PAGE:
Posted Dec 07, 2011 05:54 pm CST
Last week, we noted a story about a dental patient unhappy with a bill totaling nearly $4,800 suing to overturn a contract he signed banning him from criticizing his dentist. According to his suit (PDF), to “stifle any public criticism,” Dr. Stacy Makhnevich requires her patients to waive any right to comment publicly on or evaluate her services before she will perform any dental work.
Considering the state of Makhnevich’s Yelp page, a waiver can only do so much to prevent negative commentary online, whether it’s justified or unfair. And an angry plaintiff can always launch a website attacking a law firm or one of its clients, whether his or her case is justified or without merit.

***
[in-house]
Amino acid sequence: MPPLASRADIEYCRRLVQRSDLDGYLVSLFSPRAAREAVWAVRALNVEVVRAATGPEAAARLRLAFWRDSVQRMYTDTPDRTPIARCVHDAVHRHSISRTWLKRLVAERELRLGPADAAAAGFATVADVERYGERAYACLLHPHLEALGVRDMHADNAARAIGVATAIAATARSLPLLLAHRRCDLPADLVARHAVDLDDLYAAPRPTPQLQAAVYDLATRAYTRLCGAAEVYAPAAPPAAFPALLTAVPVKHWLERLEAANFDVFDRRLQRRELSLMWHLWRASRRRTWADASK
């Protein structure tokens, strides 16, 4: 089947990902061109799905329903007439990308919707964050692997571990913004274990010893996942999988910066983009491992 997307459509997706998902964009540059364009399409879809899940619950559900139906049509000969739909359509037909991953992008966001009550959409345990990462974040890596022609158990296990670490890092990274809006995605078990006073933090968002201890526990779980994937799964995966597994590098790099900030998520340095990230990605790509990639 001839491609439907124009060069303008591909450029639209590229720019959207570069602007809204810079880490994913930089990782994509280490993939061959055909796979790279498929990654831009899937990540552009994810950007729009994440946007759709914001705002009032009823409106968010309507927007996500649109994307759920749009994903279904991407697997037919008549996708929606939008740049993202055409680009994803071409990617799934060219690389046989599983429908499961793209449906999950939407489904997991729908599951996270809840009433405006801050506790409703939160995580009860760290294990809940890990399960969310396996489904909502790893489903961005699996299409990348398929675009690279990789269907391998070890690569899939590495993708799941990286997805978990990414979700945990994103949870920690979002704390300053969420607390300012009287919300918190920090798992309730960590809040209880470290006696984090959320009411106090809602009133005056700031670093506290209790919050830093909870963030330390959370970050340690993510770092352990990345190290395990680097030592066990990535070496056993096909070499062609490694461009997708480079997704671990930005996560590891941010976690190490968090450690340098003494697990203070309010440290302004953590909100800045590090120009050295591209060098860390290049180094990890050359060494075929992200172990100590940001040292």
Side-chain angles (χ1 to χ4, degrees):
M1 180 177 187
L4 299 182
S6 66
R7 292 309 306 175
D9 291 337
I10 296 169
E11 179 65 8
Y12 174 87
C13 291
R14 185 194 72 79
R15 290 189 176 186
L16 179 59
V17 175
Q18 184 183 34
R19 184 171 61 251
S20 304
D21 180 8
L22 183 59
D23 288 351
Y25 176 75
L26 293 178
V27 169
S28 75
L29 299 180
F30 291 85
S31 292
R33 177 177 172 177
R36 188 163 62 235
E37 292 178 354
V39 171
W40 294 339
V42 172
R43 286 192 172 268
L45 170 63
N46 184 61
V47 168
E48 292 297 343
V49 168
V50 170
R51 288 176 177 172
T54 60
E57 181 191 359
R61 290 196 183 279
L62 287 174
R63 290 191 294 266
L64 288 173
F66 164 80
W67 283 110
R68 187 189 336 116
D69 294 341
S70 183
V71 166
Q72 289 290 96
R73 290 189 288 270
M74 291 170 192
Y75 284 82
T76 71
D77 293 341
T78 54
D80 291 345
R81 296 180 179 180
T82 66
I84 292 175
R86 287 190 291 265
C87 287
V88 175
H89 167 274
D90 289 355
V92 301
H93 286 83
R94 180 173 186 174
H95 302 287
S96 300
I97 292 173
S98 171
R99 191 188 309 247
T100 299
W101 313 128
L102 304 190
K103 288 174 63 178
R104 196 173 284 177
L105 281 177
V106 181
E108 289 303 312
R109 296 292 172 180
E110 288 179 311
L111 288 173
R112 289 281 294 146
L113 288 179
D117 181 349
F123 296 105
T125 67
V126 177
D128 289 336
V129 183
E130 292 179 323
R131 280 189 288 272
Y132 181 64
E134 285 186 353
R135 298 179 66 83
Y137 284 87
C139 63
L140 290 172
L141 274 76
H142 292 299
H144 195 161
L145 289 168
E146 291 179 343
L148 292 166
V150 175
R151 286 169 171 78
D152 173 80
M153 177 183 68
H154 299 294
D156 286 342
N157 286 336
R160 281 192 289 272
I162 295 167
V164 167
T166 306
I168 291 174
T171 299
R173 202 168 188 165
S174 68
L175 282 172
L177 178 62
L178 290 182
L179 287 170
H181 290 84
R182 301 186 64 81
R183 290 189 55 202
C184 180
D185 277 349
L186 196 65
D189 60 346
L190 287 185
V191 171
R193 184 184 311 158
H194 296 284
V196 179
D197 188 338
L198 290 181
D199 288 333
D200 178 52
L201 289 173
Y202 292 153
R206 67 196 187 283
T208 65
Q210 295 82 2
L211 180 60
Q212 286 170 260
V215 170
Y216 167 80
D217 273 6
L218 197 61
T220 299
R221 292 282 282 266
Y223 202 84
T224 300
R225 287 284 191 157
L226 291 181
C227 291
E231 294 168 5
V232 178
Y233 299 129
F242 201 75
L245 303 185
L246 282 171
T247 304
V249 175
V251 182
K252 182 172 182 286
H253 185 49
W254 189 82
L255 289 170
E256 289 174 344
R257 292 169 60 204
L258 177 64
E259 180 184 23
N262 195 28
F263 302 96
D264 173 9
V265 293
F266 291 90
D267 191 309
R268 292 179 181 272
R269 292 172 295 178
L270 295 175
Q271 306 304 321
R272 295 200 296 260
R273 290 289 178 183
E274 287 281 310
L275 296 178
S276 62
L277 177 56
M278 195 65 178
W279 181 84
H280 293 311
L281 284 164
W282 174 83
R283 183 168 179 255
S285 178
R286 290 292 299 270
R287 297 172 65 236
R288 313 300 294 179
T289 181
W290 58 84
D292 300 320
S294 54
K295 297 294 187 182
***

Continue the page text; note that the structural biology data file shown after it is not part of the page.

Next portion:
So this week, we’d like to ask you: Have you ever had to deal with a Web attack against yourself or a client? If so, how did you deal with it? Even if you’ve never found yourself in this situation, please share if you have thoughts about possible good or poorly considered approaches.
Answer in the comments.
Read the answers to last week’s question: Should SCOTUS Arguments Be Televised? If They Were, Would You Watch?
Posted by Phila: “Although I would certainly watch, I don’t think they should be televised. It’s the justices’ job to play devil’s advocate and ask tough questions, which may or may not reflect their actual leanings on the case. The media would have a field day with this. I’m all for increasing discussion of these cases among the general populace, but I’m not sure if TV is the solution.”
A reader’s suggestion gave us this week’s question. Do you have an idea for a future question of the week? If so, contact us.